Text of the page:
Characterization of Emissions from a Desktop 3D Printer

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Mendes , L , Kangas , A , Kukko , K , Molgaard , B , Saamanen , A , Kanerva , T , Ituarte , I F , Huhtiniemi , M , Stockmann-Juvala , H , Partanen , J , Hämeri , K , Eleftheriadis , K & Viitanen , A-K 2017 , ' Characterization of Emissions from a Desktop 3D Printer ' , Journal of Industrial Ecology , vol. 21 , pp. S94-S106 .

Title: Characterization of Emissions from a Desktop 3D Printer
Author: Mendes, Luis; Kangas, Anneli; Kukko, Kirsi; Molgaard, Bjarke; Saamanen, Arto; Kanerva, Tomi; Ituarte, Inigo Flores; Huhtiniemi, Marika; Stockmann-Juvala, Helene; Partanen, Jouni; Hämeri, Kaarle; Eleftheriadis, Konstantinos; Viitanen, Anna-Kaisa
Contributor: University of Helsinki, Department of Physics
University of Helsinki, Department of Physics
Date: 2017-11
Language: eng
Number of pages: 13
Belongs to series: Journal of Industrial Ecology
ISSN: 1088-1980
Abstract: 3D printers are currently widely available and very popular among the general public. However, the use of these devices may pose health risks to users, attributable to air-quality issues arising from gaseous and particulate emissions in particular. We characterized emissions from a low-end 3D printer based on material extrusion, using the most common polymers: acrylonitrile-butadiene-styrene (ABS) and polylactic acid (PLA). Measurements were carried out in an emission chamber and a conventional room. Particle emission rates were obtained by direct measurement and modeling, whereas the influence of extrusion temperature was also evaluated. ABS was the material with the highest aerosol emission rate. The nanoparticle emission ranged from 3.7.10(8) to 1.4.10(9) particles per second (# s(-1)) in chamber measurements and from 2.0.10(9) to 4.0.10(9) # s(-1)in room measurements, when the recommended extruder temperature was used. Printing with PLA emitted nanoparticles at the rate of 1.0.10(7) # s(-1) inside the chamber and negligible emissions in room experiments. Emission rates were observed to depend strongly on extruder temperature. The particles' mean size ranged from 7.8 to 10.5 nanometers (nm). We also detected a significant emission rate of particles of 1 to 3nm in size during all printing events. The amounts of volatile organic and other gaseous compounds were only traceable and are not expected to pose health risks. Our study suggests that measures preventing human exposure to high nanoparticle concentrations should be adopted when using low-end 3D printers.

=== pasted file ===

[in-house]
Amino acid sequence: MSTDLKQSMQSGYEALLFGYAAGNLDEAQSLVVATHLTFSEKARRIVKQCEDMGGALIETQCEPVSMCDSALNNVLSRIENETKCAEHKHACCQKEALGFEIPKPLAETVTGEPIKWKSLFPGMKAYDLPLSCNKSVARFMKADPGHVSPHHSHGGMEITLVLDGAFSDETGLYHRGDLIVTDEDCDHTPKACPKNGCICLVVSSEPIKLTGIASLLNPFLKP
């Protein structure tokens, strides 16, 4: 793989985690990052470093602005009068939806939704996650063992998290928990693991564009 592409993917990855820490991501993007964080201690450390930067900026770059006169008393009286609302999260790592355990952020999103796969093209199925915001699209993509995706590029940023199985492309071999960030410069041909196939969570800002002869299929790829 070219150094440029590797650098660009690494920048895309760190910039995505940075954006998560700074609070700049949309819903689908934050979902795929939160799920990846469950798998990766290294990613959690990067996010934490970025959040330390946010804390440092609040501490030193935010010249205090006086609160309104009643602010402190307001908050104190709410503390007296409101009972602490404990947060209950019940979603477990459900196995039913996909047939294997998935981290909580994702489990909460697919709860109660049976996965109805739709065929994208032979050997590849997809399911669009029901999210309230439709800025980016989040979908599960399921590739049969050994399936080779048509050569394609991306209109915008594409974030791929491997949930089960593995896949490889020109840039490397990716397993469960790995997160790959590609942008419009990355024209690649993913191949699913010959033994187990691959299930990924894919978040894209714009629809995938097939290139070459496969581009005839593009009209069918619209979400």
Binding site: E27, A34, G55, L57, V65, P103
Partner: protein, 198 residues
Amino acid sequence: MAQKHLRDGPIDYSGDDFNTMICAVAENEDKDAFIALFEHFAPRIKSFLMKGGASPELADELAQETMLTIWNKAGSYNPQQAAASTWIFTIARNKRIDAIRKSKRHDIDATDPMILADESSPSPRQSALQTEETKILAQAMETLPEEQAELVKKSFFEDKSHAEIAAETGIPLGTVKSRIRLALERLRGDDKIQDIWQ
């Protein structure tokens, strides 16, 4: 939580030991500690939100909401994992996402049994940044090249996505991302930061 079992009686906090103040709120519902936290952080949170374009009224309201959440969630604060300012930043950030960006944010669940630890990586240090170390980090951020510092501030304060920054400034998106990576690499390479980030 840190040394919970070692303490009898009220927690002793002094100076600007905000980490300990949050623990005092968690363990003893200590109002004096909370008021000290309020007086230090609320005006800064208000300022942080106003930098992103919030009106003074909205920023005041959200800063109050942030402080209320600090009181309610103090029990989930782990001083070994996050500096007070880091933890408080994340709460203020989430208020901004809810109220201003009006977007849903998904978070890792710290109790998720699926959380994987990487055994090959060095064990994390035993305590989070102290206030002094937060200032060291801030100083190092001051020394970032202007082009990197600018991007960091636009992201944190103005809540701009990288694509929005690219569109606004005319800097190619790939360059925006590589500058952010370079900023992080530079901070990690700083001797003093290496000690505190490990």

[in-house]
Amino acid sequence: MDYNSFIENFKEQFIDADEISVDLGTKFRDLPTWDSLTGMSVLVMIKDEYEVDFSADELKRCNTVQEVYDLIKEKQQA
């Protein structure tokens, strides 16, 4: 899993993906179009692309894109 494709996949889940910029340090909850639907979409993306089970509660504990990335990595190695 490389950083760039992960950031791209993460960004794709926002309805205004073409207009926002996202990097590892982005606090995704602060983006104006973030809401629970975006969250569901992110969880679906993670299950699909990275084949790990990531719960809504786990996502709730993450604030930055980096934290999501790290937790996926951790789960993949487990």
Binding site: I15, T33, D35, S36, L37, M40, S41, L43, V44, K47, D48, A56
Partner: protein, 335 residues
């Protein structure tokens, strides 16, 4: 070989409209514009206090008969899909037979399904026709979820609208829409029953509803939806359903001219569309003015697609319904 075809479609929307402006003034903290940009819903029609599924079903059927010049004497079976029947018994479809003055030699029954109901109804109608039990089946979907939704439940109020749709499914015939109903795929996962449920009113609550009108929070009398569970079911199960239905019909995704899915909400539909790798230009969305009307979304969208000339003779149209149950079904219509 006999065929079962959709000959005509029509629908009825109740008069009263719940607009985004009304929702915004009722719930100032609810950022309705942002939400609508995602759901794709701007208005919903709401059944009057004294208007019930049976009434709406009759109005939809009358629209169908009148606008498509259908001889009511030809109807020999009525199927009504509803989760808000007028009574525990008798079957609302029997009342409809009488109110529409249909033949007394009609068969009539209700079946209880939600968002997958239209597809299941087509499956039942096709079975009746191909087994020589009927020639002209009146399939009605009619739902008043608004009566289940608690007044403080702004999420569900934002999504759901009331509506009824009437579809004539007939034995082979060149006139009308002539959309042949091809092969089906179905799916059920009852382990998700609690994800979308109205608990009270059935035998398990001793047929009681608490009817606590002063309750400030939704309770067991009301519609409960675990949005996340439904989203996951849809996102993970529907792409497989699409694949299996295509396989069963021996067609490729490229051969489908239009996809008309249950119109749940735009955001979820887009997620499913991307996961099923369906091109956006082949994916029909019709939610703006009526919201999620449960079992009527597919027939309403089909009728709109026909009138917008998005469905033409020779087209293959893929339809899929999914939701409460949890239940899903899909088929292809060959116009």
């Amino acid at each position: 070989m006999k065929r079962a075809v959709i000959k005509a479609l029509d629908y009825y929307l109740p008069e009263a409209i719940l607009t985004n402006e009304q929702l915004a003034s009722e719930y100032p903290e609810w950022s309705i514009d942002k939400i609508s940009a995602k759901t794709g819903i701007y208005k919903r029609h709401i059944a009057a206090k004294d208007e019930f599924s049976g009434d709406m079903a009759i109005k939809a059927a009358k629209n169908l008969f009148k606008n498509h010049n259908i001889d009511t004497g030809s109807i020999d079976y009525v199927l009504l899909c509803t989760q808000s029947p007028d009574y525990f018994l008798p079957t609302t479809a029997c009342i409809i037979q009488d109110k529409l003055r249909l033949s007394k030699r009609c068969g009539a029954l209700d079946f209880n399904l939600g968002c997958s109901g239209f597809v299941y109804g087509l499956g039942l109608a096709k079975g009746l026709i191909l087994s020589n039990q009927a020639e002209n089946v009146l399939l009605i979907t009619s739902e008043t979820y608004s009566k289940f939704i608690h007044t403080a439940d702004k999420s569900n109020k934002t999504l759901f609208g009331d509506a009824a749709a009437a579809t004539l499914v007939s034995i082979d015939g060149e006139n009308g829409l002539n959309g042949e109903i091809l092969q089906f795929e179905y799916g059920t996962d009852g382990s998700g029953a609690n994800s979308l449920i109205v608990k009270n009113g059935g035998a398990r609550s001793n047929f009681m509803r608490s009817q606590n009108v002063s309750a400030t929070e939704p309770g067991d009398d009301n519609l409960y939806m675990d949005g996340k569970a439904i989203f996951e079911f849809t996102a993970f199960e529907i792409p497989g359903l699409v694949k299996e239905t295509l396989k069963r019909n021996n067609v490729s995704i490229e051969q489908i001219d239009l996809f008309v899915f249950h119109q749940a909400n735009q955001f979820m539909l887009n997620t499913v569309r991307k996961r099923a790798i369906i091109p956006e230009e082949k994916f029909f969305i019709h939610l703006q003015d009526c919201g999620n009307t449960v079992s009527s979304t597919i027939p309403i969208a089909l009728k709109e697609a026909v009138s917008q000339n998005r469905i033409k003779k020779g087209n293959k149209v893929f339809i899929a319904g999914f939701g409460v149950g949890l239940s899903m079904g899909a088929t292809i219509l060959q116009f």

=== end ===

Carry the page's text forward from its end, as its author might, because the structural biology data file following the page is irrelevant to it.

Subject: 3D printing
gas phase compounds
industrial ecology
material extrusion
occupational health
114 Physical sciences
3142 Public health care science, environmental and occupational health

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